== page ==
Brock, international researchers explore links between perfectionism and procrastination

Do perfectionists procrastinate?

Well, yes and no, concludes a study by an international team that includes Brock University’s Danielle Molnar, Assistant Professor in the Department of Child and Youth Studies.

Perfectionism is the belief that perfection must be strived for at all costs. People high in this personality trait set excessively high performance standards for themselves, and consider achieving anything less as being unacceptable.

But whether or not a perfectionist habitually delays or postpones tasks depends on the type of perfectionist the person is.

“Perfectionism is not the same thing as conscientiousness,” Molnar says. “Perfectionism represents a compulsion to be absolutely perfect in all respects whereas conscientiousness represents healthy striving for excellence.” 

Danielle Molnar

Danielle Molnar, Assistant Professor in Brock’s Department of Child and Youth Studies, is part of an international research team that has examined the link between perfectionism and procrastination.

There are two main types of perfectionism.

People with ‘perfectionistic strivings’ have a compulsion to set their own standards of perfection, says Molnar, and relentlessly push themselves to achieve those high goals, being self-critical in the process.

By comparison, people with ‘perfectionistic concerns’ still set very high standards and feel compelled to reach them, but also tend to be preoccupied with what others think of them, are more sensitive to external pressure and criticisms, and are motivated by a fear of failure rather than achieving success.

The new research indicates that the latter group — people higher in perfectionistic concerns — are more likely to procrastinate, and thus more likely to miss deadlines or in some cases even abandon their goals.

“They’re so afraid of making that one mistake or not being able to meet their lofty goals that they tend to focus on their negative feelings surrounding the task and engage in avoidance techniques rather than make meaningful progress towards their goals,” Molnar says.

People with perfectionistic strivings, on the other hand, are less likely to procrastinate and usually stick it out, she says.

“They’re more likely to follow through and engage in the goals in the first place, meet deadlines, these sorts of things. They have this belief that, ‘I can get there’ and so they keep pushing themselves and pushing themselves until they reach their destination.”

But Molnar warns against seeing perfectionistic strivings as an effective way to motivate people to become successful.

“Yes, perfectionistic strivings are associated with less procrastination, which may guide you to reach your goals, but they’re also associated with depression, anxiety and stress, so there can be a substantial cost.”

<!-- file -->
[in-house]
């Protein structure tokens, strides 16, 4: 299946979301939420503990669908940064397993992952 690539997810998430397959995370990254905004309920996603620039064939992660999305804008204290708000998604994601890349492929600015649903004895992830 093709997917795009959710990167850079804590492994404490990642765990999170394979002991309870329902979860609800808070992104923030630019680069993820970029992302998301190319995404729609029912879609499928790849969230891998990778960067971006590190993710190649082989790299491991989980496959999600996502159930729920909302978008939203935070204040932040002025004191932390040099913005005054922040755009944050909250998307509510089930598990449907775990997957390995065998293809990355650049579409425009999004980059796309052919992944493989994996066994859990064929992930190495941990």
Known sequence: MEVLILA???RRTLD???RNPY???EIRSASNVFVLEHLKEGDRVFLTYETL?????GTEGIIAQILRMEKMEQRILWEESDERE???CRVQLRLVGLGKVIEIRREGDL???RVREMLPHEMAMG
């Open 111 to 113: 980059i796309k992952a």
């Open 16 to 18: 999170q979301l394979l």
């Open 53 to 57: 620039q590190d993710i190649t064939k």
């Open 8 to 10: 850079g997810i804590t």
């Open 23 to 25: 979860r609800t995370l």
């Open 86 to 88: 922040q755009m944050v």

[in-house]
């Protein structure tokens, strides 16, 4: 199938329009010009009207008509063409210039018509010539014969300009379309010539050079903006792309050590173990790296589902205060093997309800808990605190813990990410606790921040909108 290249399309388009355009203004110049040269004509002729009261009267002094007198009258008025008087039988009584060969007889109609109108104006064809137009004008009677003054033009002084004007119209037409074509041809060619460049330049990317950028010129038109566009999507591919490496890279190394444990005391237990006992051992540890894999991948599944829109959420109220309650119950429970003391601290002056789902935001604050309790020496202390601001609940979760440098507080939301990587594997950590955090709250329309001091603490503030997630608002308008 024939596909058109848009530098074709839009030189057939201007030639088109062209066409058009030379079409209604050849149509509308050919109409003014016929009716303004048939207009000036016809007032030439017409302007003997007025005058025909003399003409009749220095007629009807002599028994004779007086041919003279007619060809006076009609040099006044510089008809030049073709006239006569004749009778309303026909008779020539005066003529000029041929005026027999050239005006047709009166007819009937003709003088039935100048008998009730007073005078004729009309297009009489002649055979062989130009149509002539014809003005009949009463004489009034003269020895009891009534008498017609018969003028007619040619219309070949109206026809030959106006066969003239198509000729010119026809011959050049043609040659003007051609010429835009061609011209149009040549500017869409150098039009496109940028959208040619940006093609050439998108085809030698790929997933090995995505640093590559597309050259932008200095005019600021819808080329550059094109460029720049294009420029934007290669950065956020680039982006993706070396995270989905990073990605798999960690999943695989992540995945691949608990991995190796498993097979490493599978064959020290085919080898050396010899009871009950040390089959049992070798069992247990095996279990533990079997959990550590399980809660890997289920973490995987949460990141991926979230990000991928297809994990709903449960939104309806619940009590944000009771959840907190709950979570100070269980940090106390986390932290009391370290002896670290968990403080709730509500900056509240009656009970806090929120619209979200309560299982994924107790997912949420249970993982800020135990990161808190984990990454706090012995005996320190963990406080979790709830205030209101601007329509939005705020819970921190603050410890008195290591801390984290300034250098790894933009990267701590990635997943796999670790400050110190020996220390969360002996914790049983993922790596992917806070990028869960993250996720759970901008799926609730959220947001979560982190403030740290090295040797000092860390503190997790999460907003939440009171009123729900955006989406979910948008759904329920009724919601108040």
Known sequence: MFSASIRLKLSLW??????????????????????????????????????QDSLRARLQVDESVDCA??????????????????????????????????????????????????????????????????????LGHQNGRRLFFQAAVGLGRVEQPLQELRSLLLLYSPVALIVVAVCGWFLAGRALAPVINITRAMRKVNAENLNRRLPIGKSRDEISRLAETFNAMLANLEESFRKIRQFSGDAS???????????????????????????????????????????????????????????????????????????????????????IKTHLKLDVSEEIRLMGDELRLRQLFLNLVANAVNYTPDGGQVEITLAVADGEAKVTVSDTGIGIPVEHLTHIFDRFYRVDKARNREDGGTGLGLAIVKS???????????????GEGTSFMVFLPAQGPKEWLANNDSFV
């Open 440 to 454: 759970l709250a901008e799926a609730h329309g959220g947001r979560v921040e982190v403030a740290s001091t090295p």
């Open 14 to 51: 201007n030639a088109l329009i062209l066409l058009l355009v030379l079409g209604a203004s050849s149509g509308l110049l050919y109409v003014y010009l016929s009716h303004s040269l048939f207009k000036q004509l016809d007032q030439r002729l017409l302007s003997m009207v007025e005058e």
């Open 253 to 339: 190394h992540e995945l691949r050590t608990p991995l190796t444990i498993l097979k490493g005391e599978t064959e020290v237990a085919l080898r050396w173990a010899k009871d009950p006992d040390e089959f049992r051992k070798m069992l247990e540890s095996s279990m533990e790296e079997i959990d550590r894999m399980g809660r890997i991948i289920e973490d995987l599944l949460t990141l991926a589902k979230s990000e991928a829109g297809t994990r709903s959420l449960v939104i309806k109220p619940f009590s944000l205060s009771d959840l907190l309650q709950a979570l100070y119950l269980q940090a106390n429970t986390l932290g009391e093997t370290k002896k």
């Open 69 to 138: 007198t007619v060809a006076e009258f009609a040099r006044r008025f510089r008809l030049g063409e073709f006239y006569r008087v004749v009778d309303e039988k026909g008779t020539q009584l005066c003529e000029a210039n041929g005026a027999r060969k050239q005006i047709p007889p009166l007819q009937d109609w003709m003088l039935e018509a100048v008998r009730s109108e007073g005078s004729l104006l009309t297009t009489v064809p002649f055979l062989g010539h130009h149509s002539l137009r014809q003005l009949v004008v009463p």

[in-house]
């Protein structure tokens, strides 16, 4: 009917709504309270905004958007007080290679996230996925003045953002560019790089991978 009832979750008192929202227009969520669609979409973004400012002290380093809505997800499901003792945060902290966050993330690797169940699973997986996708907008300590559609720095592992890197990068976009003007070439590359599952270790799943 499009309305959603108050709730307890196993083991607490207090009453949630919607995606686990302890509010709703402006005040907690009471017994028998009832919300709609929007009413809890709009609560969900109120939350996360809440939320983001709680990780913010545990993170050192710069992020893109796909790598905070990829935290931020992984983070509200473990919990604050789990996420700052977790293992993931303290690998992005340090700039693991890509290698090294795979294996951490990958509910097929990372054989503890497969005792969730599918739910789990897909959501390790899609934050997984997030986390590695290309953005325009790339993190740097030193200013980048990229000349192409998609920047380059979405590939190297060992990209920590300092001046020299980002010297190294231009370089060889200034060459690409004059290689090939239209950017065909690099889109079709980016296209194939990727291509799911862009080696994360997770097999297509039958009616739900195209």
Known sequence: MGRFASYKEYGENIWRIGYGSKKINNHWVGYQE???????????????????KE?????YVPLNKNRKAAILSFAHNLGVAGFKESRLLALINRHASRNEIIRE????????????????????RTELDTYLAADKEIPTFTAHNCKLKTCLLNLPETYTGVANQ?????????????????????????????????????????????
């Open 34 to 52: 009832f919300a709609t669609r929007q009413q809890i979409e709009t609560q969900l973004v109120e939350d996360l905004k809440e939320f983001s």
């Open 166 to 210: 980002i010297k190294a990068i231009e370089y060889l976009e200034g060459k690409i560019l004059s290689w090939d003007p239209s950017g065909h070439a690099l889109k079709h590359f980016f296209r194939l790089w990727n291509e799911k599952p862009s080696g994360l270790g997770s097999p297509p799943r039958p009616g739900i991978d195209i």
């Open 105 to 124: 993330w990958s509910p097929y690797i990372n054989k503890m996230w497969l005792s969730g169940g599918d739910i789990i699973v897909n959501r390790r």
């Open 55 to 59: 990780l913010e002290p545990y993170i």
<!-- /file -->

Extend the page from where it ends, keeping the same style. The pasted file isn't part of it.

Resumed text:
Molnar explains many of the roots of our perfectionistic tendencies stretch back to childhood.

Those strivings frequently originate from parents who have very high standards for their children, but mix those expectations with warmth and acceptance.

But, parents with highly demanding expectations who tie their child’s worth to performance and show greater affection when the child is successful can result in perfectionistic concerns.

“So you’re the best child in the world when you’re meeting standards but then, when you’re not, there’s a coldness and more of an aloofness or there could actually be punitive measures,” Molnar says.

She gives suggestions on how people can deal with both perfectionism and procrastination, including:

  • Reassess your goals: Is it realistic? Can we take it back a notch? Does it have to be perfect, or can it be great? Are these my goals or are they being set by others?
  • Recognize that re-adjusting goals does not mean that you’re lowering your standards
  • Separate your behaviour from your identity: I have perfectionistic tendencies, versus, I am a perfectionist
  • Give yourself permission to make mistakes and not be ‘perfect’ by cultivating self-compassion and self-acceptance to combat self-criticism
  • Schedule breaks during your task to allow for immediate relief from any negative feelings that may emerge while working on the task, but also allow for a distinct return to the task.

The international research team includes Molnar, Fuschia Sirois in the Department of Psychology at the University of Sheffield in England and Jameson Hirsch from the Department of Psychology at East Tennessee State University.

Their findings are detailed in their study, “A Meta-analytic and Conceptual Update on the Associations Between Procrastination and Multidimensional Perfectionism,” published this spring in the European Journal of Personality.


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